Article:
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How to Check Your Pet for Signs of Cancer

September 21, 2010 | 22,987 views
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woman petting her dogThe American College of Veterinary Internal Medicine, the ACVIM Foundation and the Chase Away K9 Cancer campaign are urging dog owners to take 10 minutes on the 14th of each month to check for cancer signs from head to tail.

The 14th was chosen in honor of Chase, a black Labrador retriever born September 14, 1999, who died in 2006 of nasal carcinoma. She hadn’t yet reached her seventh birthday. Chase was the inspiration for Chase Away K9 Cancer.

“One in three dogs will develop cancer,” says Chase’s owner, Cera Reusser. “Early detection may affect treatment and prognosis.”

According to Veterinary Practice News:

“The ACVIM encourages dog owners to keep a record of any growths, watch for unusual behavior and schedule a follow-up exam with a veterinarian if anything suspicious or worrisome is found.”

Dr. Becker's Comments:

If you visited the Chase Away K9 Cancer website, you saw pictures of the campaign’s namesake, the beautiful black lab ‘Chase.’ Perhaps you read a little of the story of this young dog lost to cancer.

There are few things as heartbreaking to a pet owner as losing a deeply loved companion animal, especially at such an early age.

You feel cheated because his time with you was so short. And often, you feel panic at the thought that a new pet could be ripped from you just as quickly and unexpectedly.

Most animal lovers eventually take the plunge again, but some are never able to get past the pain. They live in fear of growing attached to another pet.

Cancer and Its Causes

Cancer, in a nutshell, is abnormal cell growth.

A healthy immune system is able to keep this process in check. It’s when the immune system doesn’t respond appropriately to abnormal cell growth that cancer gets a foothold.

There are lots of reasons cancer develops in companion animals. Some have yet to be discovered, others we know about or suspect, including:

Symptoms to Watch For

To recognize signs of ill health, you must know your pup and keep an eye out for changes in her behavior or appearance.

  • Difficulty eating or swallowing
  • Sores that don’t heal
  • Loss of appetite
  • Lumps or swellings anywhere on the body
  • Weight loss
  • Bleeding or discharge from any body opening
  • Changes in bowel or bladder habits
  • Lameness, stiffness, or other movement difficulties
  • Exercise intolerance
  • Offensive or unusual odor

Make a Difference Where You Can, Starting with Your Pet’s Diet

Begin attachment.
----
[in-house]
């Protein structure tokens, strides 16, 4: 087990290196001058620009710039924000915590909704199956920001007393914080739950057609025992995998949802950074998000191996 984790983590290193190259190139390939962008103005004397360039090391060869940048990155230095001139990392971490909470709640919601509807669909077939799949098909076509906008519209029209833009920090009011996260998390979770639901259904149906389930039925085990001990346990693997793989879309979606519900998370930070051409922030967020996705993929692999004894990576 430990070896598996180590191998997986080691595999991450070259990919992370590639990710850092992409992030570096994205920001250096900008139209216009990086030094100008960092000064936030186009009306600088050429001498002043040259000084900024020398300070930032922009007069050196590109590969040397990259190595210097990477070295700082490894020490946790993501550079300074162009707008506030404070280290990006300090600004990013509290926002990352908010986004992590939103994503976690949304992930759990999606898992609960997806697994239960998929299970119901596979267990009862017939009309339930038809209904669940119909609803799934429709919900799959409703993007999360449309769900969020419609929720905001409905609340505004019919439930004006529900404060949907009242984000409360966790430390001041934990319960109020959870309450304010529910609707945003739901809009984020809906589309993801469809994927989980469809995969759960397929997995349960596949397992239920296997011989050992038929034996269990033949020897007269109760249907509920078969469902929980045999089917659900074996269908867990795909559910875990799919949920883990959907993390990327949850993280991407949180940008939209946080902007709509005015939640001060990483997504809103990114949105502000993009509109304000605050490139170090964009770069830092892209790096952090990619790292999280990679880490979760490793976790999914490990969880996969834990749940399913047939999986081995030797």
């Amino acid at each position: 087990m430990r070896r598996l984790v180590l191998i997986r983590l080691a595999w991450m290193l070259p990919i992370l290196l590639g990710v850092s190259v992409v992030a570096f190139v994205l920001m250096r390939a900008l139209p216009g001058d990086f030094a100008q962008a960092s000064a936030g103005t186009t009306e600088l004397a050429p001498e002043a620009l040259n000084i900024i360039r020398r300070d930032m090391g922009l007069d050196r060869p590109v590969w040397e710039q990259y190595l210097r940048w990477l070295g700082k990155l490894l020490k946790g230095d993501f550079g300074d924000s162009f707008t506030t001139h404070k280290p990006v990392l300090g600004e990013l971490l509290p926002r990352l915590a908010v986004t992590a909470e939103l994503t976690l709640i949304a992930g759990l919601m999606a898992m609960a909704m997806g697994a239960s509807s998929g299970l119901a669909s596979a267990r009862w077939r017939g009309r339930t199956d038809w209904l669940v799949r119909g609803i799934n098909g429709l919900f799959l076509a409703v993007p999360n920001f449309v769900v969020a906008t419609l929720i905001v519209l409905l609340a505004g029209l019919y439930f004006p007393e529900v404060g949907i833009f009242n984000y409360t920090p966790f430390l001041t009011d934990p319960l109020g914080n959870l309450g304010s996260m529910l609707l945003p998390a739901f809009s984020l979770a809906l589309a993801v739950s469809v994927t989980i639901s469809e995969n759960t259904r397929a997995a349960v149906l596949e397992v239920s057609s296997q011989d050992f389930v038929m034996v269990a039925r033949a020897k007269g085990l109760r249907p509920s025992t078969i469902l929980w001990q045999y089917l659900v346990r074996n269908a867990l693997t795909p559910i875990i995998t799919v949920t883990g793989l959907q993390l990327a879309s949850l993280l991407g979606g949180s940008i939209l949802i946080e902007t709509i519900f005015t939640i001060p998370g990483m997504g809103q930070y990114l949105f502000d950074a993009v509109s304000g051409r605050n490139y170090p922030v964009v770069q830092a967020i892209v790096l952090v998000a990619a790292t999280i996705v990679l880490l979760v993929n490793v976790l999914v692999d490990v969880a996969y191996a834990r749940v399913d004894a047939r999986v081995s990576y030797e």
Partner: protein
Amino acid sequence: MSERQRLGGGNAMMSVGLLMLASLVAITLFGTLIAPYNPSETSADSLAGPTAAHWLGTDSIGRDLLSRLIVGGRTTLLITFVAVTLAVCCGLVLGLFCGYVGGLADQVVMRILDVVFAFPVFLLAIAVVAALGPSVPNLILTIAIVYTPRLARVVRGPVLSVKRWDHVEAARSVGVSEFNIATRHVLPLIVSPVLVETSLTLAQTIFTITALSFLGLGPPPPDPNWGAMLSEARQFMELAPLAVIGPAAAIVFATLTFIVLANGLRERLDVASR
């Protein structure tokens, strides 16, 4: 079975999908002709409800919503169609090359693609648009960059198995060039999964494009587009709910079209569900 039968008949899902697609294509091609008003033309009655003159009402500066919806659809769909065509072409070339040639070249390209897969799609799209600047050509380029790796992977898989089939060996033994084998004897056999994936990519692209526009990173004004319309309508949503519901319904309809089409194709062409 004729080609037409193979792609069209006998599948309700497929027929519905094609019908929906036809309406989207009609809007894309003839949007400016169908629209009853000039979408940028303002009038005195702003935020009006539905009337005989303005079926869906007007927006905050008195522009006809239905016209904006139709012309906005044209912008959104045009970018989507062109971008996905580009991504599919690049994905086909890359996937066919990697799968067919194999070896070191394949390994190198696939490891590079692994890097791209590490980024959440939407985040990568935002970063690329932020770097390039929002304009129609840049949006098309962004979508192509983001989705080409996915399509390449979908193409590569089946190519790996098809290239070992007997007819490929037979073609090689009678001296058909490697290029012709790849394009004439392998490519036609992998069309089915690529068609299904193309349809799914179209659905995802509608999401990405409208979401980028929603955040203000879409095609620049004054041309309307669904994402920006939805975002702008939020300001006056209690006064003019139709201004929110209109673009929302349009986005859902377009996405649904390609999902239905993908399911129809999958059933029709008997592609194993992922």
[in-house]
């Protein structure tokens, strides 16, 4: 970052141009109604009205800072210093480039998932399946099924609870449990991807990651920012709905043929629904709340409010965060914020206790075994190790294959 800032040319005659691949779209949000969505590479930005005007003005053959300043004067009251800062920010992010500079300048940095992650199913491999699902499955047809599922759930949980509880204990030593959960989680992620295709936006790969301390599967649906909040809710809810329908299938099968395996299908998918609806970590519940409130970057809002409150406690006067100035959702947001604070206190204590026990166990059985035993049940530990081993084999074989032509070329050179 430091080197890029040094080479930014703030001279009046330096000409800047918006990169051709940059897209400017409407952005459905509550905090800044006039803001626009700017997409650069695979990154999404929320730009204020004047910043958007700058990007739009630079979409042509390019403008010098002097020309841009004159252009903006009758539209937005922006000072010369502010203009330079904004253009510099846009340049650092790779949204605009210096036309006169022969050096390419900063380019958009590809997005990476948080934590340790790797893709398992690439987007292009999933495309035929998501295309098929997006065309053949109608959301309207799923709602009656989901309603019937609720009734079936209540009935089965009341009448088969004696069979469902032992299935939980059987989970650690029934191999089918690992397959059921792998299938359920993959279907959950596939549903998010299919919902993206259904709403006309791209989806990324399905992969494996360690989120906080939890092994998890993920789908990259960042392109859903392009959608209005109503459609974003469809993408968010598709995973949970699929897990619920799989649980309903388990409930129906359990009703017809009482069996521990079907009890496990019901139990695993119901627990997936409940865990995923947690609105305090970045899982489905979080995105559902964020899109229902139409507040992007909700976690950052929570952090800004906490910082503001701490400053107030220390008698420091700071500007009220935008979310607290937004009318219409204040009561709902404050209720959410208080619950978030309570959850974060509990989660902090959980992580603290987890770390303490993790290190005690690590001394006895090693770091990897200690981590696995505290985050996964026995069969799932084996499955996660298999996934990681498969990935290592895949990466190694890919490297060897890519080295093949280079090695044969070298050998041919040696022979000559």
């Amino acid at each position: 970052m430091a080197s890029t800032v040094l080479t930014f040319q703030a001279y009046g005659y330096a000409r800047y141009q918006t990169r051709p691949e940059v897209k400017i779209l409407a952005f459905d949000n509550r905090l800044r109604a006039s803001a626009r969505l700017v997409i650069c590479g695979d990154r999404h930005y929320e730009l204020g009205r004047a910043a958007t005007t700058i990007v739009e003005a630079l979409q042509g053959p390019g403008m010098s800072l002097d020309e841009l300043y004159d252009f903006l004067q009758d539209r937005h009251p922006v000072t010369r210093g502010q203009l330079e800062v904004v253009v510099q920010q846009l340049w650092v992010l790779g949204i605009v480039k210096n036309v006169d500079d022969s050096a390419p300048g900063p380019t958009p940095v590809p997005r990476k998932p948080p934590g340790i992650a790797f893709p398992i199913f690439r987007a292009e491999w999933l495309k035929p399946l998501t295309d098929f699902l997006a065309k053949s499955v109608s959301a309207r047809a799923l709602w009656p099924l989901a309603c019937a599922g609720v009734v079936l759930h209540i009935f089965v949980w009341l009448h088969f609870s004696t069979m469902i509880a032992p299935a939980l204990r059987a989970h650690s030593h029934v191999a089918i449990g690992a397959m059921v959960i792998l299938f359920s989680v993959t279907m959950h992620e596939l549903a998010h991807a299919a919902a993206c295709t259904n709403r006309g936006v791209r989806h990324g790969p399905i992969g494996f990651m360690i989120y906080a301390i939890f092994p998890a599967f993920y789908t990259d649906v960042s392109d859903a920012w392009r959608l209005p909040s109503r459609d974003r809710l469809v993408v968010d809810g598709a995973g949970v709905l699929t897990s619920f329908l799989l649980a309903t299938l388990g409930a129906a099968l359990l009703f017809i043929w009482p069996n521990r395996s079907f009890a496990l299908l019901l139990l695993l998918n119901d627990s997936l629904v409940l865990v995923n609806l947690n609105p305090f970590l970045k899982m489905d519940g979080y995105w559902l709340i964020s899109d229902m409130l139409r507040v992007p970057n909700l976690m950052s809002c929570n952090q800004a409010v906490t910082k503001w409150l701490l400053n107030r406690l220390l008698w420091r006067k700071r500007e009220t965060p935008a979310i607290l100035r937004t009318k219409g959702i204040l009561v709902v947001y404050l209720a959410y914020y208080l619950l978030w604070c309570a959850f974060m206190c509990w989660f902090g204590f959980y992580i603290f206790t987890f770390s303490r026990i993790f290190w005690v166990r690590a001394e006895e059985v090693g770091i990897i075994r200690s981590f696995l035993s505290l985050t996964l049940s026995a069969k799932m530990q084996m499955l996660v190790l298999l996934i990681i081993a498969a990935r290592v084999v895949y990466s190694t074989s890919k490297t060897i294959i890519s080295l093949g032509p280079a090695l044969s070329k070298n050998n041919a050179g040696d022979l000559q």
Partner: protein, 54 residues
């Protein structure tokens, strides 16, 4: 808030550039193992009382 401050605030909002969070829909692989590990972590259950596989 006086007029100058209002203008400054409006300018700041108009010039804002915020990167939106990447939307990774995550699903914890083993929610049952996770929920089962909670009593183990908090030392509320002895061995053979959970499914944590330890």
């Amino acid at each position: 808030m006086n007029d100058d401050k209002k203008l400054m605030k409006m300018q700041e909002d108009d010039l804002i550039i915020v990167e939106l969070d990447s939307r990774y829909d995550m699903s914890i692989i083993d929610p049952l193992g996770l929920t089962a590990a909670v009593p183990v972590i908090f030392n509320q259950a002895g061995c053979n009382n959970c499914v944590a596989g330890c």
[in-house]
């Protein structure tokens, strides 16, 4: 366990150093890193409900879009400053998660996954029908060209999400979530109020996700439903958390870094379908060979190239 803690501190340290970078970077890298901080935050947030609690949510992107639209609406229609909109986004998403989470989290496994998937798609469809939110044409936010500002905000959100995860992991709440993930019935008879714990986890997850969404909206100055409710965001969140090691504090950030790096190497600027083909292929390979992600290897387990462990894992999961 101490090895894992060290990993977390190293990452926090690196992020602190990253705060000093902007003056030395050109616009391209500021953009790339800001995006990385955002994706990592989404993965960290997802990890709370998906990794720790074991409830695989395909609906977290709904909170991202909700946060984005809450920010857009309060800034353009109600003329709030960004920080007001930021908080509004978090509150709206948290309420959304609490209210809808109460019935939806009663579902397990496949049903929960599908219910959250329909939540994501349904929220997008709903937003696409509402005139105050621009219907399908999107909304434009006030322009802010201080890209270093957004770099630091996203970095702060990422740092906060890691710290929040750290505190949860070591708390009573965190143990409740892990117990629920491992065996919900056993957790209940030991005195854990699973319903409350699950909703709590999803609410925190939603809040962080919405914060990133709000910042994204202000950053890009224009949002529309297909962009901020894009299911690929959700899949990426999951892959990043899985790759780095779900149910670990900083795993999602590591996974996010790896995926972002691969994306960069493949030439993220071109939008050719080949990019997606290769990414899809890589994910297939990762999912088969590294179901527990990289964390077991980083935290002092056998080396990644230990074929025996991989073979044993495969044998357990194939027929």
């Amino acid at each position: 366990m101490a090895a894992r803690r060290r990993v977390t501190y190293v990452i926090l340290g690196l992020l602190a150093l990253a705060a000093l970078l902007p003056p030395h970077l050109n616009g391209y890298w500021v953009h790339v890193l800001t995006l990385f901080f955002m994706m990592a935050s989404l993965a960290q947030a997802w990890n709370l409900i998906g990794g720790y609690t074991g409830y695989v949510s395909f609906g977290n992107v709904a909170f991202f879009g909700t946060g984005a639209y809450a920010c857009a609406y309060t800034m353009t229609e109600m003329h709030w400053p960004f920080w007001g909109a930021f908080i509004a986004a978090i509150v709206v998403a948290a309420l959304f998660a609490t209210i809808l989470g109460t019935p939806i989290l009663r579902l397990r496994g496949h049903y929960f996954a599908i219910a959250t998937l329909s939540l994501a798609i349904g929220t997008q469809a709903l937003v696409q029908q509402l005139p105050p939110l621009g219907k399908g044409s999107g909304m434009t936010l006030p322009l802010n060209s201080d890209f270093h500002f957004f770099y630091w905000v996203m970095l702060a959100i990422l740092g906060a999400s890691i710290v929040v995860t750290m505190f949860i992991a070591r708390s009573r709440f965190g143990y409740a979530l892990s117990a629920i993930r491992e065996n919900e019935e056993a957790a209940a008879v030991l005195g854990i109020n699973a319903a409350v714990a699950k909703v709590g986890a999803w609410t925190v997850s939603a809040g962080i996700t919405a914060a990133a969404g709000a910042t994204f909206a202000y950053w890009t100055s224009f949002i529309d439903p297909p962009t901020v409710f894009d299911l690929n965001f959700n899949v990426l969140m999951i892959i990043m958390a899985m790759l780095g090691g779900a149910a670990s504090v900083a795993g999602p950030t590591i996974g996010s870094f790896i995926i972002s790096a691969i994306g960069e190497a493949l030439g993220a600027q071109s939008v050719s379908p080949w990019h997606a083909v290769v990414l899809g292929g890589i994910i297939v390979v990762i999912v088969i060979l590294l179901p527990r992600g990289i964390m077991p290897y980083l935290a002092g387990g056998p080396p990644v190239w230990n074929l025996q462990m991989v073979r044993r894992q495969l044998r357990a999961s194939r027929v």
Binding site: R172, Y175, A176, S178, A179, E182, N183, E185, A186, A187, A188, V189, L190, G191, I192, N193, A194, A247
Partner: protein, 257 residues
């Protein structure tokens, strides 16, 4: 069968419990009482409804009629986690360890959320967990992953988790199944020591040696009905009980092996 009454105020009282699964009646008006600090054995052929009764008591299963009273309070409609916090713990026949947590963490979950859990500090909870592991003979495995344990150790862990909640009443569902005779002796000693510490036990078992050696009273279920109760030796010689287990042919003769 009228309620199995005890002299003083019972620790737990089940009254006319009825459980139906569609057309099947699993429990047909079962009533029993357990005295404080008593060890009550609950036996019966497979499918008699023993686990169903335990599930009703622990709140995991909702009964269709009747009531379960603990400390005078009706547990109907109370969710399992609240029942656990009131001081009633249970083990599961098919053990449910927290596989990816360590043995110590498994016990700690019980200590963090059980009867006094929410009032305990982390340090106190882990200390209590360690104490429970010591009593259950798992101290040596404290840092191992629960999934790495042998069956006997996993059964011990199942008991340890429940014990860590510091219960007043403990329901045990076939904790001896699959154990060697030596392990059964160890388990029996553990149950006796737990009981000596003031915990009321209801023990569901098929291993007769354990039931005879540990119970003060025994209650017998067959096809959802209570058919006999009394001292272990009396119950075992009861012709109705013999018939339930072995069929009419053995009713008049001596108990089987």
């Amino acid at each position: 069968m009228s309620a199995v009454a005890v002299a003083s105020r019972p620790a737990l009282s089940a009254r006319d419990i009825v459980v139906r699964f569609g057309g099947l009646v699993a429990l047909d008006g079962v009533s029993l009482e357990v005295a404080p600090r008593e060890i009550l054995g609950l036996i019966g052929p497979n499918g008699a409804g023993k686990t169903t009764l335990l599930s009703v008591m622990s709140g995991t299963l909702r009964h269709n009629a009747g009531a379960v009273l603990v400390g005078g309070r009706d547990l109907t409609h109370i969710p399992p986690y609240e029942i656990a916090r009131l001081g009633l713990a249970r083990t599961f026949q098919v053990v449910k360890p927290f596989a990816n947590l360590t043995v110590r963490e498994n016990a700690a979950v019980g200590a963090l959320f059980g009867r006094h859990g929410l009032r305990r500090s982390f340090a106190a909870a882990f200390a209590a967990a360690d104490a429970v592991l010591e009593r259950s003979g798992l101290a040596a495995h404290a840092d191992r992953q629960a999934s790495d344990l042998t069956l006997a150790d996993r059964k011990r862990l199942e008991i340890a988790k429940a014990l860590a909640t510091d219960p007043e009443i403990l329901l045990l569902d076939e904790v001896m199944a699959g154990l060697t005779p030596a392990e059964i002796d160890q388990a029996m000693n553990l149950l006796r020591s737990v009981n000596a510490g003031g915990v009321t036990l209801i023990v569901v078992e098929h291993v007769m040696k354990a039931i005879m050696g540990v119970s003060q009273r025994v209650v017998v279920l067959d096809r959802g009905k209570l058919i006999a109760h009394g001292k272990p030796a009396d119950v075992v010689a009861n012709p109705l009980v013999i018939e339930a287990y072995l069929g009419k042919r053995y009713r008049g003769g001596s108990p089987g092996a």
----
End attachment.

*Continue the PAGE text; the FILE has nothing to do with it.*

As a pet owner, you have limited control over the genes your dog or cat inherits. However, you have the opportunity to exert a great deal of influence over your pet’s environment, the medical care she receives, and certainly her diet.

There is ample evidence connecting the consumption of complex carbohydrates and accelerated tumor growth in humans.

In dogs and cats, there is data pointing to longer cancer survival rates in animals fed a diet high in protein and fat, and low in carbohydrates.

Cancer needs glucose to grow, and carbs are a rich source of glucose.

Cancer has no use for protein and fat, but healthy cells use both as energy sources. Feeding companion animal cancer patients a biologically appropriate diet – high in protein and healthy fats, with very low or no carbs -- effectively starves out cancer cells.

Perform Routine Wellness Exams

Choose the 14th or another meaningful day of each month and write reminders on your calendar.

Check your pet from head to toe each month, not only for telltale bumps, lumps and swellings, but also for any other signs something is wrong or just ‘off’ with your dog or cat’s body.

If you haven’t already done so, watch my video on how to perform an at-home wellness exam on the four-legged members of your family.

This is a great way to stay on top of your pet’s health and overall physical condition on a monthly basis. The earlier any type of health concern is noticed and addressed, the better.

Be Your Pet’s Healthcare Advocate

Partner with a holistically-oriented veterinarian whose focus is on helping you maintain your pet’s good health.

Carefully consider all options for vaccinations and procedures like sterilization and discuss your concerns with your integrative vet.

Do the same with medications prescribed for your dog or cat. Antibiotics and corticosteroids are vastly overprescribed in many veterinary practices today. Both classes of drugs can devastate your pet’s immune system, leaving him without the resources his body needs to fight cancer or other serious disease.

Talk with your holistic vet about safe parasite control for your pet. Chemical flea and tick products should be used sparingly if at all, and with a great deal of caution, as they carry the risk of potentially deadly side effects.

Your holistic vet can also help you with detox agents in the event your pet is put on a course of medication, as well as homeopathic and other natural remedies -- for example pet probiotics -- that can be used in lieu of or in conjunction with traditional therapeutic tools.

Learn whether your dog’s breed is predisposed to cancer, and if so, what type(s). If you suspect your pup may have cancer or you want the peace of mind that comes with knowing she doesn’t, ask your vet about the new blood test that detects cancer in dogs.

The earlier a problem is detected, the better your dog’s chances of survival.

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